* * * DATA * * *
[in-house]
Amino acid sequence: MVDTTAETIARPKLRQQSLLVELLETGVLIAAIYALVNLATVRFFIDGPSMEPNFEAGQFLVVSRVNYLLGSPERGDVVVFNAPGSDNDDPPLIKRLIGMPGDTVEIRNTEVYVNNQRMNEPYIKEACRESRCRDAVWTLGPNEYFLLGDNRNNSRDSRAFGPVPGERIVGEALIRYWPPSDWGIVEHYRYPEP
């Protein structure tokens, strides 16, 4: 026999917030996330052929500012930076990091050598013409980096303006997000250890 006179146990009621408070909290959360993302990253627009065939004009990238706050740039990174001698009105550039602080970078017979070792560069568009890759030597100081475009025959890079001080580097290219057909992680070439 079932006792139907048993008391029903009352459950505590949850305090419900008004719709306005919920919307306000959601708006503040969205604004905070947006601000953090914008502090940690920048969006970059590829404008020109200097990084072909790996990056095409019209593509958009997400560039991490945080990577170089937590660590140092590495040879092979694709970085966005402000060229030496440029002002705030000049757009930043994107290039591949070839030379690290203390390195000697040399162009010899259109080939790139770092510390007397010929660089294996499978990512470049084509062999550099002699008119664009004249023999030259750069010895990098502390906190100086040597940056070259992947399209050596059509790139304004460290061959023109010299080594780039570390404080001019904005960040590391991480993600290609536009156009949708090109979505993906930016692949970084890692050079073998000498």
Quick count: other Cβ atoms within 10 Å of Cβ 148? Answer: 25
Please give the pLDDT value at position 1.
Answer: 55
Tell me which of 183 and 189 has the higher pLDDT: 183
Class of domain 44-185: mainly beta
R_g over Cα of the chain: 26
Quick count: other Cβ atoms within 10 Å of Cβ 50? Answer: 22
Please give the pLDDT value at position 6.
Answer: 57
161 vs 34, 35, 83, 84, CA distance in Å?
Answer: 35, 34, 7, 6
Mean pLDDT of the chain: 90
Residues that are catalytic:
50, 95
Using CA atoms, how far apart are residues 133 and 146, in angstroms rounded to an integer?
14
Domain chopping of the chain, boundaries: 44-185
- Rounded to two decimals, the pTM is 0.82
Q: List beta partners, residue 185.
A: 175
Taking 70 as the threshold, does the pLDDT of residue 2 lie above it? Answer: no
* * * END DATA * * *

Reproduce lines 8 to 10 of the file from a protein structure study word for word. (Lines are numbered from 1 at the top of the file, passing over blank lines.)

Class of domain 44-185: mainly beta
R_g over Cα of the chain: 26
Quick count: other Cβ atoms within 10 Å of Cβ 50? Answer: 22